New Delhi: In a surprise move, towards the end of September 2018, the government had sacked the board of non-bank lender Infrastructure Leasing and Financial Services Ltd (IL&FS), and appointed a team of handpicked professionals to restore the financial health of the heavily indebted group. In fact, the failure of the group to service debt of about $1 trillion was too hard for policy makers to ignore.
The IL&FS crisis was just the tip of what lay underneath—the massive liquidity crunch faced by non-bank lenders came to the fore. The regulatory action on auditors and directors—two gatekeepers of the corporate world—following the IL&FS crisis came amid the already high-pitched crackdown on black money and shell companies.
A deepening economic slowdown, risk aversion and subdued investor sentiments, which later became very evident, raised questions about how tight the regulatory regime should be. A high-level panel led by corporate affairs secretary Injeti Srinivas finally recommended a fundamental shift in the way auditors and directors should be disciplined. The recommendations tabled in November 2019 sets a precedence: Far too stringent regulations could be counterproductive and may not yield the desired results.
Statutory auditors, whose job is to assure that a company’s financial statements reflect the true and fair picture of its health, have for long faced the wrath of regulators worldwide. Regulators try to nail auditors for everything—from negligence and turning a blind eye to improper conduct by company managements, to frauds auditors are completely unaware of and outright connivance with corporate crooks. Whenever previously undetected fraud emerged, auditors claimed that their job was to certify financial statements, not to act like detectives. The Companies Act, 2013, allows debarring auditors, whether an individual or a firm, for five years if the National Company Law Tribunal (NCLT) finds fraudulent conduct, collusion or abetment by the auditor. Audit quality watchdog, the National Financial Reporting Authority (NFRA), too, was empowered to debar auditors under a different section of the law. But there was no way now of limiting the debarment to individual auditors in a firm. The Srinivas panel, which looked into the laws, observed that the right to practice was a core requirement for professionals to exercise their right to livelihood.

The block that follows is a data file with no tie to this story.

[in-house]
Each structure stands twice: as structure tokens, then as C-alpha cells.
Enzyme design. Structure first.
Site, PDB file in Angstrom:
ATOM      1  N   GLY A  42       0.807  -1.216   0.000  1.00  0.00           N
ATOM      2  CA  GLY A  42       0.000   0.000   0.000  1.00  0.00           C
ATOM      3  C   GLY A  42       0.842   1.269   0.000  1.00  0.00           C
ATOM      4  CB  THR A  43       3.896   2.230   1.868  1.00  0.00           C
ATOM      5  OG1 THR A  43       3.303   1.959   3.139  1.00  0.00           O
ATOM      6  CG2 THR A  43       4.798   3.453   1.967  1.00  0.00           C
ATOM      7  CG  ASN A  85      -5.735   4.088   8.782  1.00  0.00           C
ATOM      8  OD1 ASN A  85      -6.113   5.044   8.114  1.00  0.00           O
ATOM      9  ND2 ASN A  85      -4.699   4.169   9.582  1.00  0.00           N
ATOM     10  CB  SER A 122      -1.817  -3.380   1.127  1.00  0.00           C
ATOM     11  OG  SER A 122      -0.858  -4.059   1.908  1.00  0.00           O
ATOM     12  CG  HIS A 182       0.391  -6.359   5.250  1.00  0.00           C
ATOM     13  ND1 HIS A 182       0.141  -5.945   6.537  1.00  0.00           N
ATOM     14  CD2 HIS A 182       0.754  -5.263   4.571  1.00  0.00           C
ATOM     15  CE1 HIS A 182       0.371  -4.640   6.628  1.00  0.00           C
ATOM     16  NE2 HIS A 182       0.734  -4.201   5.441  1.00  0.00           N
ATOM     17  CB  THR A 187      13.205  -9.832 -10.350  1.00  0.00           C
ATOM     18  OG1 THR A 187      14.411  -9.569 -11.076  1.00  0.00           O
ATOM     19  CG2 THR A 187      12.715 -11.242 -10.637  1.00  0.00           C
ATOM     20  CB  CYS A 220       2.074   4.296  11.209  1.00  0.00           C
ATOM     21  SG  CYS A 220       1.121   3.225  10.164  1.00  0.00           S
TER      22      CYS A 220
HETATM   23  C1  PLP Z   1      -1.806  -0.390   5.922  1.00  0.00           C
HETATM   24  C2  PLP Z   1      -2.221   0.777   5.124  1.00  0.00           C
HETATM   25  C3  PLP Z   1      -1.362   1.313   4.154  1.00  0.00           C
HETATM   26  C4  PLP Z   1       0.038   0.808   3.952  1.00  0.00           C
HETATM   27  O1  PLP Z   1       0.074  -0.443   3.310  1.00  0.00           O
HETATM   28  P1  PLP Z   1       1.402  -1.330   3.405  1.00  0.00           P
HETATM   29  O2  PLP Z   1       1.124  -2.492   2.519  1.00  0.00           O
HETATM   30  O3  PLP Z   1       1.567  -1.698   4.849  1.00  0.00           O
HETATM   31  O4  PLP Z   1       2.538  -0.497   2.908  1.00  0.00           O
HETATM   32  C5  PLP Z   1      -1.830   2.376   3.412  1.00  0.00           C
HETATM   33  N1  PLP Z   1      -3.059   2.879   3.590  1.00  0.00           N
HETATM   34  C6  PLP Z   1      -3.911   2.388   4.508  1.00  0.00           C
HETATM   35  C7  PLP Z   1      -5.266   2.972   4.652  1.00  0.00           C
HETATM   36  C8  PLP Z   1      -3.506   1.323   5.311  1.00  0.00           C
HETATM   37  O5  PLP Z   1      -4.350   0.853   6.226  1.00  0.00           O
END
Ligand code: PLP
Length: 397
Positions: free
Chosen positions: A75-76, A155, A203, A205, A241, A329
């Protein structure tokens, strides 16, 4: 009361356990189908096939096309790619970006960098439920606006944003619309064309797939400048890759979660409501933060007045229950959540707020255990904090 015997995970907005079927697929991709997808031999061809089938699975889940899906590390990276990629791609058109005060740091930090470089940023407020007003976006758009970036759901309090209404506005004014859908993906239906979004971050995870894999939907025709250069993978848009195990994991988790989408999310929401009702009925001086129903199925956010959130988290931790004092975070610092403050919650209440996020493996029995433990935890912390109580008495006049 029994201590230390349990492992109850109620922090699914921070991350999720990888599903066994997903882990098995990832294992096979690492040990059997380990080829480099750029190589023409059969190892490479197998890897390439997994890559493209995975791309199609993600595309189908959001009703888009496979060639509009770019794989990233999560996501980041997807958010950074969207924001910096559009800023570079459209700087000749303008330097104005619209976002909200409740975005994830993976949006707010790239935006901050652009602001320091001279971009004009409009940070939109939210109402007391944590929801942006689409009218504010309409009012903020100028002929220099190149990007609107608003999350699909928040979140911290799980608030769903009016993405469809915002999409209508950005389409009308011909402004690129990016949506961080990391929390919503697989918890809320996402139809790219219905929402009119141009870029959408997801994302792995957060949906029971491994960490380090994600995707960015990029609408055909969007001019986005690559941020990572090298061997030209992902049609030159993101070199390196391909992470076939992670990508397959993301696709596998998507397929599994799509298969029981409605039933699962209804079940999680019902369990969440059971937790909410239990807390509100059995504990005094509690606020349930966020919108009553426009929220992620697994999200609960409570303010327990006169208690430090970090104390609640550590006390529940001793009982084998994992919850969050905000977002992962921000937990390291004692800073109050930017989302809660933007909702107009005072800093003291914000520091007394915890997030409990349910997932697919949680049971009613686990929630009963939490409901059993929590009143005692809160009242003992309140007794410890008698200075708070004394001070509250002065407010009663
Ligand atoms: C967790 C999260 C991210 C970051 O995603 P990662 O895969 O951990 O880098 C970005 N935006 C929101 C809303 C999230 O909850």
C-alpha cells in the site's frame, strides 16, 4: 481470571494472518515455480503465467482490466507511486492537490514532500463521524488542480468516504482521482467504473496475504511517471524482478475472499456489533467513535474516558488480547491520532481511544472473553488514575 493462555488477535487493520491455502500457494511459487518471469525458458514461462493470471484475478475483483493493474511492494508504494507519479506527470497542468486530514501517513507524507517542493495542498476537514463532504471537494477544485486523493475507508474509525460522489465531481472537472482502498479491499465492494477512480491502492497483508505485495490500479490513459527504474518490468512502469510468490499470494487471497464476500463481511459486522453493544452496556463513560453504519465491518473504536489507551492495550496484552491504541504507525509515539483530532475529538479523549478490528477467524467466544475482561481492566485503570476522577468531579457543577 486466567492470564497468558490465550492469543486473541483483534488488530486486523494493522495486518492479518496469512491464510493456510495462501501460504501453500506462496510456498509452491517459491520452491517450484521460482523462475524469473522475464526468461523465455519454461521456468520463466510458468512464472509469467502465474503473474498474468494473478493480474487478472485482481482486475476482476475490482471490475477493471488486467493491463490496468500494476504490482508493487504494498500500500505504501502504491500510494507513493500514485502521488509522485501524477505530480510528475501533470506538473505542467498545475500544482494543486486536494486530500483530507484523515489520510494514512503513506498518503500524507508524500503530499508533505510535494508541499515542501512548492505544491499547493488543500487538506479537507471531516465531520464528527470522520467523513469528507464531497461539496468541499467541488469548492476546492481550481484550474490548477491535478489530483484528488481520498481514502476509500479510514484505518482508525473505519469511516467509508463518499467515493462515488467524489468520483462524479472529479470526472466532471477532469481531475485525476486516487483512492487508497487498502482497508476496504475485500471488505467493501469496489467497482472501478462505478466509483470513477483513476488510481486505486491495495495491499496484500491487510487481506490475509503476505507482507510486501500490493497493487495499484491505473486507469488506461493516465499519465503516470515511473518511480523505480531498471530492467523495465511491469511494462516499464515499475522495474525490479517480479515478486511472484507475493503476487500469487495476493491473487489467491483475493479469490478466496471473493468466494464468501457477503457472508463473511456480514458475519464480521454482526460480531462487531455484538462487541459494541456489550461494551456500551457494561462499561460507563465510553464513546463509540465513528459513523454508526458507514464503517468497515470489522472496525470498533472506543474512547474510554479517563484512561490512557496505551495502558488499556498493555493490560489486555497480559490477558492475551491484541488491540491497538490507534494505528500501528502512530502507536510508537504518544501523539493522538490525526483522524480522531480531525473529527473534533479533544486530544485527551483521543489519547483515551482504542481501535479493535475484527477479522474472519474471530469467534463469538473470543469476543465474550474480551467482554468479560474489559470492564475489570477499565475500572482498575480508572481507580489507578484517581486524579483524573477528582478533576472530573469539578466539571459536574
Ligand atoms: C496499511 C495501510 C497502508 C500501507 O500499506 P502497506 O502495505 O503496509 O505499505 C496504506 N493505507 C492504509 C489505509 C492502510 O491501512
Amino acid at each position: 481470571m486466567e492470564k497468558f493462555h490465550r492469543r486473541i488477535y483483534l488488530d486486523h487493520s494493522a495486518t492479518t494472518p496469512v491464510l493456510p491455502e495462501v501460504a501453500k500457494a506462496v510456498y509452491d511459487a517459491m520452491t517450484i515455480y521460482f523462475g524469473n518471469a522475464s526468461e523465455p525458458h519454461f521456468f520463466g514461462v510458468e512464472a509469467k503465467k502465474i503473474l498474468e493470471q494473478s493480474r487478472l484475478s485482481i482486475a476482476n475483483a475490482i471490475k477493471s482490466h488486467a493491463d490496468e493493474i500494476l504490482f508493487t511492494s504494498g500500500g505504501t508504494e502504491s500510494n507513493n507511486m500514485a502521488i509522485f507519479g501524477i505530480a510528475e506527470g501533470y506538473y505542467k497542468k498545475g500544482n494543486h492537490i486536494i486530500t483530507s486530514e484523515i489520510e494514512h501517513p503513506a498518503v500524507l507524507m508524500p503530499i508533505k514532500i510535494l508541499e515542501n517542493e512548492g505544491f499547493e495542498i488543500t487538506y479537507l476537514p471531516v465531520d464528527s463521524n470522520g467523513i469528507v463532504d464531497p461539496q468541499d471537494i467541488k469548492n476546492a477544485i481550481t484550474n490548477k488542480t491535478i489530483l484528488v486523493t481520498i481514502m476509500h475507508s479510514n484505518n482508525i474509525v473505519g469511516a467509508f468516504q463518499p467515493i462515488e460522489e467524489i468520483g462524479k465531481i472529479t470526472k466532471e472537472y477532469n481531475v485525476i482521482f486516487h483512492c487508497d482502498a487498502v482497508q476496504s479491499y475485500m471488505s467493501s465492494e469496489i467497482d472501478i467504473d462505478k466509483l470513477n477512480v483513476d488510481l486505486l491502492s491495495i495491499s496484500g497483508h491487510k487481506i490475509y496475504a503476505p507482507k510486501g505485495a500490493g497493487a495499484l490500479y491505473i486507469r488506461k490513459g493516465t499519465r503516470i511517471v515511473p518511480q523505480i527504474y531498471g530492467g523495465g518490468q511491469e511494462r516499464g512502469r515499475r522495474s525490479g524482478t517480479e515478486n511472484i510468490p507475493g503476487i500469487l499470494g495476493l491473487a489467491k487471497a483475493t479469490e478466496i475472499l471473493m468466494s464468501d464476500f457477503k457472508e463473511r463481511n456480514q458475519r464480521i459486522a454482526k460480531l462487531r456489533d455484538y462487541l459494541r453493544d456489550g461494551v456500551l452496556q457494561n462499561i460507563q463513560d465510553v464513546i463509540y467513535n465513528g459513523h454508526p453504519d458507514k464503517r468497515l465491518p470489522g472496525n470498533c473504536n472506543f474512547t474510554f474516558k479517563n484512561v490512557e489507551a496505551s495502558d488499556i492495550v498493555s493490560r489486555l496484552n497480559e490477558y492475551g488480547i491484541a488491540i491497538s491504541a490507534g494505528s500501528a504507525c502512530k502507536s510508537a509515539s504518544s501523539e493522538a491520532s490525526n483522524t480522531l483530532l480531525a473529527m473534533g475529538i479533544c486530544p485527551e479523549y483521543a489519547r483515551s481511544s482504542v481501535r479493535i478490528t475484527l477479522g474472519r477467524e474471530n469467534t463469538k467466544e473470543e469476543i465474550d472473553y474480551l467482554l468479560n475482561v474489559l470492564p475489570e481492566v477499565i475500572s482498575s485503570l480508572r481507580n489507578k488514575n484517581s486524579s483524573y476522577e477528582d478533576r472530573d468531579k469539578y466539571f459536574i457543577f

“Debarment of a firm may be an exception rather than a rule. It should only take place in cases where the firm refuses to cooperate in the proceedings in question or if the higher management of the firm is involved in the fraud. Otherwise, debarment even in case of audit firm may be restricted to only those individuals or partners associated with the firm who were actually involved in the fraud,” the panel said. It also said debarment should be considered a serious punishment, and should be resorted to in rare circumstances only. Besides, debarment should, in usual course, be executed by Institute of Chartered Accountants of India (ICAI), the self regulator.
“In the case of auditors, banning the firm should take place in rarest of rare occasions, when all or majority of the partners in the audit firm are involved, or have connived or colluded in the fraud, not otherwise,” said Amarjit Chopra, former president of ICAI, who was a member of the Srinivas panel.
Under the existing law, directors on company boards, including independent directors, were liable to be disqualified for reasons relating to their individual failure to comply with the law, as well as in cases where the company concerned failed on certain reporting and financial obligations, including filing financial statements and annual returns and repayment of deposits, payment of interest on deposits and debentures and the declared dividends. Once a director is disqualified, he is not eligible to be on the board of any other company, including those that have not defaulted on its reporting or financial obligations. The panel recommended that the vacation of directorship should be limited to only disqualifications incurred for faults at the individual level.
“For the purpose of ease of doing business, you have to make the life of independent directors much easier than what is presumed to be today,” said Chopra.
The existing law allows only six months for new directors hired by defaulting companies to rectify their defaults on financial and reporting obligations before facing a disqualification. Since repayment of debt or paying dividend is not in the hands of directors, the panel recommended that directors joining defaulting companies should be disqualified only if they fail to rectify the reporting default.